1. The supervisor: parenting styles differ, as do philosophies of management and
2. The recipient: whats appropriate for one fifteen year old may not be for an eight-year-old, or even all fifteen-year-olds.
3. The context: a game or chat room that is appropriate to access at home may be inappropriate at work or school.
The main point of this section is to underscore the fact that people disagree about what materials are appropriate in what contexts. This point is illustrated at several levels of granularity: invidual children, organizations, and governments. The critcism focuses on the mention of possible government blocking, which did not appear in an earlier draft of the paper. We believe the example about differences in laws between countries is useful in explaining why there is a need for flexible, receiver-based controls rather than the kind of sender-based controls (e.g., the CDA) that most policy discussions were focusing on at the time.
The objection to the use of this example rests on an argument that governments should never designate any content as illegal. That argument is not widely accepted (in the U.S., for example, "obscenity" laws have been deemed constitutional, even though the CDA's "indecency" provisions were not). A more widely held position is that governments should not restrict political materials as a means of controlling their citizens. W3C leaves discussions about which materials should be illegal in a particular country to the political realm rather than the technological realm. W3C does, however, point out to policy makers, however, that it's not necessary to make materials illegal if they are offensive to some people but not others: end-user controls are a more flexible method of handling such materials.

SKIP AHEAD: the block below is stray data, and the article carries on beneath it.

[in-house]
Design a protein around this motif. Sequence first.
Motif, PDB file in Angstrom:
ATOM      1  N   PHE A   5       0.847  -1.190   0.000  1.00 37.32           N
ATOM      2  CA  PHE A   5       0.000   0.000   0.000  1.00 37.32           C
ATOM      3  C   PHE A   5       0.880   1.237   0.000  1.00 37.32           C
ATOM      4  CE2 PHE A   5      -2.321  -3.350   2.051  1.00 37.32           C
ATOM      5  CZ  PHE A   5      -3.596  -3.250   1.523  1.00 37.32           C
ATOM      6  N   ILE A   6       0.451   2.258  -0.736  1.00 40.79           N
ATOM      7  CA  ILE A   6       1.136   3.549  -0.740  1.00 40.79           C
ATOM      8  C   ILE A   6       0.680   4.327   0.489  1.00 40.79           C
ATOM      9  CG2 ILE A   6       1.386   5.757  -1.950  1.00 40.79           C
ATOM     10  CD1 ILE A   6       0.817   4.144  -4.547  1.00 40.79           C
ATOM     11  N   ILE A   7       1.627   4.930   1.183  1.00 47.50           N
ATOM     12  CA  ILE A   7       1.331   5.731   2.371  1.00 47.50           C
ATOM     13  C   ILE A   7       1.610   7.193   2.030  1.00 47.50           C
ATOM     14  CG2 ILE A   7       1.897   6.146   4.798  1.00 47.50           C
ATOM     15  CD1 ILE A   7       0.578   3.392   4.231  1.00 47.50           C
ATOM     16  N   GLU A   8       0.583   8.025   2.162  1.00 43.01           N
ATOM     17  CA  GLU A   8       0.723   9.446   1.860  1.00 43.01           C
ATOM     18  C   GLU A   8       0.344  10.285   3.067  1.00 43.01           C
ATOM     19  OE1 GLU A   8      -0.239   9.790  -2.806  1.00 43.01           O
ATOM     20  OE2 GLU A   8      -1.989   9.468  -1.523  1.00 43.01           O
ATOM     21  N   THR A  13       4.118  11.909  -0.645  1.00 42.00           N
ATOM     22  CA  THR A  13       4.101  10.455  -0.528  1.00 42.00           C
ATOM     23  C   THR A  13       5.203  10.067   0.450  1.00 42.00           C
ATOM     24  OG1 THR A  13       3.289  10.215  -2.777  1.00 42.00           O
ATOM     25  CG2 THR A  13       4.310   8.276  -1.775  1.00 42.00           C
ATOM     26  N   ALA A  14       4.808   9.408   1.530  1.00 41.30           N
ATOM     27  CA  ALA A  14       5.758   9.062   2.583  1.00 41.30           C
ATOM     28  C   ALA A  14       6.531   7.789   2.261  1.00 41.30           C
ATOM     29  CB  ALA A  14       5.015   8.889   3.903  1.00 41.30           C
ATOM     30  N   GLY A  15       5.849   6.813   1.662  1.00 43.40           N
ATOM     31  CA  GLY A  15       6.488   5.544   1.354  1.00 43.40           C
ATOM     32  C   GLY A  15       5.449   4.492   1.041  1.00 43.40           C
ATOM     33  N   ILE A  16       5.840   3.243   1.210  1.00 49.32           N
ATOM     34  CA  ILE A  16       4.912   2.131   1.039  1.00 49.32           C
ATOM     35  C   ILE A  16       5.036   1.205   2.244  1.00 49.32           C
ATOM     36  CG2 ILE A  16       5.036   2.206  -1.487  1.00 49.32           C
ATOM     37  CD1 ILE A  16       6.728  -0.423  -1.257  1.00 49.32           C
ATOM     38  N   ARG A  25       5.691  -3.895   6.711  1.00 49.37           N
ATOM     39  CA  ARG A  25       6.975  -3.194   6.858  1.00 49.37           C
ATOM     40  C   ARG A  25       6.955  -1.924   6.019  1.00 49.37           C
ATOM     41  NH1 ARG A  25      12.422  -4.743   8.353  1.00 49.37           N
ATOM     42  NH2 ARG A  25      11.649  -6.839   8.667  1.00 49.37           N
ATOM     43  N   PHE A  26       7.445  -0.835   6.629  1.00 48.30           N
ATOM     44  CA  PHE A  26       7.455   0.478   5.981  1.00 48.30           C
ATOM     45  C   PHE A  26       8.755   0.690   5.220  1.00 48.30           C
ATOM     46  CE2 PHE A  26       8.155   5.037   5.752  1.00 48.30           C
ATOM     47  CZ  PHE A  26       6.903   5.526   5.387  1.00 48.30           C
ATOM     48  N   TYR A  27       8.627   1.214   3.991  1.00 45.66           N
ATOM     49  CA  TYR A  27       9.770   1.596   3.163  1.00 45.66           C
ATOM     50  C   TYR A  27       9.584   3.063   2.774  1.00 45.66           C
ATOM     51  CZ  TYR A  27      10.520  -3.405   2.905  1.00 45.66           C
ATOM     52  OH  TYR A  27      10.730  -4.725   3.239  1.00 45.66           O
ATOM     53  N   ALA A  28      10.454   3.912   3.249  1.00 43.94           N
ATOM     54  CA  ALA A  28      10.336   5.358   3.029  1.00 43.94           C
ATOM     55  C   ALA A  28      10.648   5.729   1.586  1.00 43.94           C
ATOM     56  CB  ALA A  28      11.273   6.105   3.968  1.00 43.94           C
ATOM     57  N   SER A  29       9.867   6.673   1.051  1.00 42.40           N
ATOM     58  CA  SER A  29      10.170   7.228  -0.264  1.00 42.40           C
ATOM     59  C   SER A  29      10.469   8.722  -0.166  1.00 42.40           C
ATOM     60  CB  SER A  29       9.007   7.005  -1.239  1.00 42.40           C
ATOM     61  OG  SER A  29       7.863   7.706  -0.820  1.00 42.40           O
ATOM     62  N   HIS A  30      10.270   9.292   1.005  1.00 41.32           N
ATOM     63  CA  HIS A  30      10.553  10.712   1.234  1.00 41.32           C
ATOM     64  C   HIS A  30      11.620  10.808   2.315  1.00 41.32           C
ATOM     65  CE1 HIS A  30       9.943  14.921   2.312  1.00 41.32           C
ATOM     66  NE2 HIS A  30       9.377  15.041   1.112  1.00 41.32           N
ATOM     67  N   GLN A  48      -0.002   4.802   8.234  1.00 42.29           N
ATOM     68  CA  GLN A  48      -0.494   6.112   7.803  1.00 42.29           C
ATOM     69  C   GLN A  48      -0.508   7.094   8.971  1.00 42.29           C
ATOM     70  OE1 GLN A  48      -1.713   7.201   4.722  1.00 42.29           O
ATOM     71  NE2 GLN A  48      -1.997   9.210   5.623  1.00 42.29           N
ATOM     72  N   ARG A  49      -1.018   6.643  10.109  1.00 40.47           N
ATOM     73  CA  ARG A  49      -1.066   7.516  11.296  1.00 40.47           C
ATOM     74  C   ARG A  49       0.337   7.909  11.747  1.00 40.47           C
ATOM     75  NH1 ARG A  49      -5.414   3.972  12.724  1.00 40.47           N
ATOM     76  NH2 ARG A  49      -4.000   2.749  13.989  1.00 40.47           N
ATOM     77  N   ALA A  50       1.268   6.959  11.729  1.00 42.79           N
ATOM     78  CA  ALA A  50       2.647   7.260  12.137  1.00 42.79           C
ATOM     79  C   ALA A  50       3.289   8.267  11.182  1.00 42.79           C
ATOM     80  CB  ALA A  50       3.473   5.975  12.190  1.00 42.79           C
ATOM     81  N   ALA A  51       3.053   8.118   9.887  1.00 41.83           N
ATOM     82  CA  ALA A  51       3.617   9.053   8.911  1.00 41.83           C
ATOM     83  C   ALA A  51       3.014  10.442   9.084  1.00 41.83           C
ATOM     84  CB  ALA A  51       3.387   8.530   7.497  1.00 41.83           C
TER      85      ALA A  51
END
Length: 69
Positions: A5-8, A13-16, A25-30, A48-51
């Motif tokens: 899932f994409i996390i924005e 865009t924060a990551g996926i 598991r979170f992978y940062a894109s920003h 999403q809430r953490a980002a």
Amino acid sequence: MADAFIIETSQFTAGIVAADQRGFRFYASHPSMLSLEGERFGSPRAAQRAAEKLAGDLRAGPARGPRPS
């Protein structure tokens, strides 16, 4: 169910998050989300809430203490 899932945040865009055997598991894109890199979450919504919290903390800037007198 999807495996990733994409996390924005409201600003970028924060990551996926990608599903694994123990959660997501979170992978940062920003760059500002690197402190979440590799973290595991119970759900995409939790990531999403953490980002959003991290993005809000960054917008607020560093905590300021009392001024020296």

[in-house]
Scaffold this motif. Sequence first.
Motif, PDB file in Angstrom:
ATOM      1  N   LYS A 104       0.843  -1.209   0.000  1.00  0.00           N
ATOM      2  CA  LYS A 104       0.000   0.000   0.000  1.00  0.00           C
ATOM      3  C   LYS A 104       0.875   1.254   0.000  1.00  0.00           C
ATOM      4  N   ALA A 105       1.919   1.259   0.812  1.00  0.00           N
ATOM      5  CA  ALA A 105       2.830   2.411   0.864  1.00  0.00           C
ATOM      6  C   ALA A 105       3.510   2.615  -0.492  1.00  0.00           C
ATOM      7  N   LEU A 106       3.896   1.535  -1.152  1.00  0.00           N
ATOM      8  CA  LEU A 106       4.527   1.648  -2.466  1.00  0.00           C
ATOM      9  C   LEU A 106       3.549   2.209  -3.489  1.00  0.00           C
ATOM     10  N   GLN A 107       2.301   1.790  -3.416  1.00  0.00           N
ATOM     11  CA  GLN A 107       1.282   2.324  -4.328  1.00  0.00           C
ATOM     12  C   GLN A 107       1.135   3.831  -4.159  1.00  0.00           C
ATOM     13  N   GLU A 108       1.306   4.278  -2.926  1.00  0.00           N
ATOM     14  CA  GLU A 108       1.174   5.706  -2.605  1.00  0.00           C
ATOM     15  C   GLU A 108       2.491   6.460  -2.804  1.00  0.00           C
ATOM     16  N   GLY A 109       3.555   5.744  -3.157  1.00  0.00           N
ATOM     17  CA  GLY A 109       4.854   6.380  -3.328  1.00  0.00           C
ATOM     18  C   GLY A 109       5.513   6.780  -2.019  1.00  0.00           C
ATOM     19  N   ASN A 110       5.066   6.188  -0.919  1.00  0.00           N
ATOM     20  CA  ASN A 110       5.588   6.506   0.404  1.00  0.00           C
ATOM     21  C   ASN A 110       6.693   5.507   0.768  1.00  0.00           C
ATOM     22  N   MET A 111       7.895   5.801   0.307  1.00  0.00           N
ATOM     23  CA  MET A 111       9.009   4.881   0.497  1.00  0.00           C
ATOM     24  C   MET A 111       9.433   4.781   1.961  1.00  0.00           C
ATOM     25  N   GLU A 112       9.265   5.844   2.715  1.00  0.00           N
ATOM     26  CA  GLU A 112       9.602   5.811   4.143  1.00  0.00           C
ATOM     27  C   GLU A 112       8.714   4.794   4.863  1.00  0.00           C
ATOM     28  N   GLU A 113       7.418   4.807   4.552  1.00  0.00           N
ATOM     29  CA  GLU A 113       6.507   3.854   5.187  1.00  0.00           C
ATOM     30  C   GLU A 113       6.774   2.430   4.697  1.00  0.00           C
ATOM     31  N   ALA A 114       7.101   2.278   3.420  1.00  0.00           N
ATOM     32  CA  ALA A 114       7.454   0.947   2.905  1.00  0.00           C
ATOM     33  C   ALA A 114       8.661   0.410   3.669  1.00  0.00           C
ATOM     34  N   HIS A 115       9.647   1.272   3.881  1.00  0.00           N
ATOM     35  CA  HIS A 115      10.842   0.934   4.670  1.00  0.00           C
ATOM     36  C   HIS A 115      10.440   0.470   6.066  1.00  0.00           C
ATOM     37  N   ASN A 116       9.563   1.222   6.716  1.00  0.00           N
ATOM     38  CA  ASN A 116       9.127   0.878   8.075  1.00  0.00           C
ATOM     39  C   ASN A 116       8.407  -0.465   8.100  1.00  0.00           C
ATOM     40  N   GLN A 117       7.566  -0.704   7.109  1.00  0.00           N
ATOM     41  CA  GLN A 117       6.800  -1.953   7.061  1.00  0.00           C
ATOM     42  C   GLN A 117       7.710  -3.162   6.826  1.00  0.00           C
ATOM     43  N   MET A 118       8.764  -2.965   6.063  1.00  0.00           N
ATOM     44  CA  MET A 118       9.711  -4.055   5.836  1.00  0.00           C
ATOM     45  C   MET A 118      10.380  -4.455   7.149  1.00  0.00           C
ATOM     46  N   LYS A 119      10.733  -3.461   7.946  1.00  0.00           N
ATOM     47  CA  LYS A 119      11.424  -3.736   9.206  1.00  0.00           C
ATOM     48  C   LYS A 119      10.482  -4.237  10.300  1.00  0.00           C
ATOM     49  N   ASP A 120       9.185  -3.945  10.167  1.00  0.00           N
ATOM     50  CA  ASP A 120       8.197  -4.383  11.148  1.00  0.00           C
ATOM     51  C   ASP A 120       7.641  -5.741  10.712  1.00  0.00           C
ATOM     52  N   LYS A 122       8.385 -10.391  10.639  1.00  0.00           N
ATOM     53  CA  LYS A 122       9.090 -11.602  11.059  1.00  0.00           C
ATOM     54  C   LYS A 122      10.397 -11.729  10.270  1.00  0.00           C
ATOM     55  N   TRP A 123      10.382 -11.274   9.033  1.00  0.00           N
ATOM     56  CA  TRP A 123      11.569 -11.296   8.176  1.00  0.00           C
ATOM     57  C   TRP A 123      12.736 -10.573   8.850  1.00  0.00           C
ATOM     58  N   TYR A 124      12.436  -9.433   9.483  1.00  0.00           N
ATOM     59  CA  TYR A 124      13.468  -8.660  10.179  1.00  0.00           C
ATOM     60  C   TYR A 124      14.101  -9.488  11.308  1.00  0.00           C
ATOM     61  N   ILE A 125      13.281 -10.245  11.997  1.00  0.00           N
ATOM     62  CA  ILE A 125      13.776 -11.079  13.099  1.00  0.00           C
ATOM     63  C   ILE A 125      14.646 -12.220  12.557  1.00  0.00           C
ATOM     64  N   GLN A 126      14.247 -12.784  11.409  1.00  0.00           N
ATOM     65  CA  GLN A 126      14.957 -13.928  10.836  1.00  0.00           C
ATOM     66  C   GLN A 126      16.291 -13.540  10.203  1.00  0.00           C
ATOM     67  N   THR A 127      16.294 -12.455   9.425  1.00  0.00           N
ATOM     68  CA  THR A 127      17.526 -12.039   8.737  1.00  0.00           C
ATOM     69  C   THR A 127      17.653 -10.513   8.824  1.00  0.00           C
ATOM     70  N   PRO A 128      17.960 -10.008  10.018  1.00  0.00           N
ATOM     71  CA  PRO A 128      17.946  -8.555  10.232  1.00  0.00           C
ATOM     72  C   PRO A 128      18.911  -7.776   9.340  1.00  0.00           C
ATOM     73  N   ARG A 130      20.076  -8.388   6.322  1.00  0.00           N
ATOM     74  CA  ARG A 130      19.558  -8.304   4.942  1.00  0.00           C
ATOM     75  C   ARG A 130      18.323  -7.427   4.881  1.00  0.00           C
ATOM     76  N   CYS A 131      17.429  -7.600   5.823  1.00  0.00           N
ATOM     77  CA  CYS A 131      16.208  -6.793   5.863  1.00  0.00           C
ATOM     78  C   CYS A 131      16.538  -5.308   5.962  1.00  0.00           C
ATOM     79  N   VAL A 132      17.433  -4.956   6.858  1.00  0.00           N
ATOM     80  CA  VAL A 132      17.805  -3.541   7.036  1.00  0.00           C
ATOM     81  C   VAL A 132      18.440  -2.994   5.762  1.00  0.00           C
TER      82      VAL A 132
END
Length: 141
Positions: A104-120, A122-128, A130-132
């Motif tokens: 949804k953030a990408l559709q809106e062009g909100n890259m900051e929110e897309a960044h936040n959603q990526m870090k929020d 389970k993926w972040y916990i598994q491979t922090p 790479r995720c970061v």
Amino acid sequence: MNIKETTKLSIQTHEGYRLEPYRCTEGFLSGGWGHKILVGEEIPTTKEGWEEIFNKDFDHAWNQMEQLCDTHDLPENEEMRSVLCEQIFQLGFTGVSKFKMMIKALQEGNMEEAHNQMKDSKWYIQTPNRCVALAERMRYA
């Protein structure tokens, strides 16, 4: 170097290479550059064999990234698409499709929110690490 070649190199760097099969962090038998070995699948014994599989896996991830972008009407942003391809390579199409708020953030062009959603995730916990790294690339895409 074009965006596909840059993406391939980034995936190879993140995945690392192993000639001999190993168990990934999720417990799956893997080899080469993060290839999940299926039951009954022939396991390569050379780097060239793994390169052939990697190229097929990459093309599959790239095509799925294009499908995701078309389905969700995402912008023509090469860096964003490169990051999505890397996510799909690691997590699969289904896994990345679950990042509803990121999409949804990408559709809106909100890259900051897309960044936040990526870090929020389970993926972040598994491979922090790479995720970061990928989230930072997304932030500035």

Licensing such a technology was not considered to be a feasible option during the time of the CDA. Not only would it have undercut the "neutrality" and appeal of the technology, the W3C then would have had to be in the position of determining who should and should not use it; this is not a role the W3C is competent to play.
Yes. W3C is pleased that IBM has introduced a proxy server that can filter based on PICS labels, and encourages the development of other PICS-compatible servers. As discussed above, filter processing can be centralized at a proxy server while still permitting individuals to choose the filtering rules.
In addition to acting in the political arena, it would probably be helpful to implement positive uses of labels, such as searching applications. It is surpassingly difficult for people unfamiliar with computers to imagine new applications. By building prototypes and demonstrating them, it may be possible to focus policy-makers' energies on those uses of technology that accord with your political values.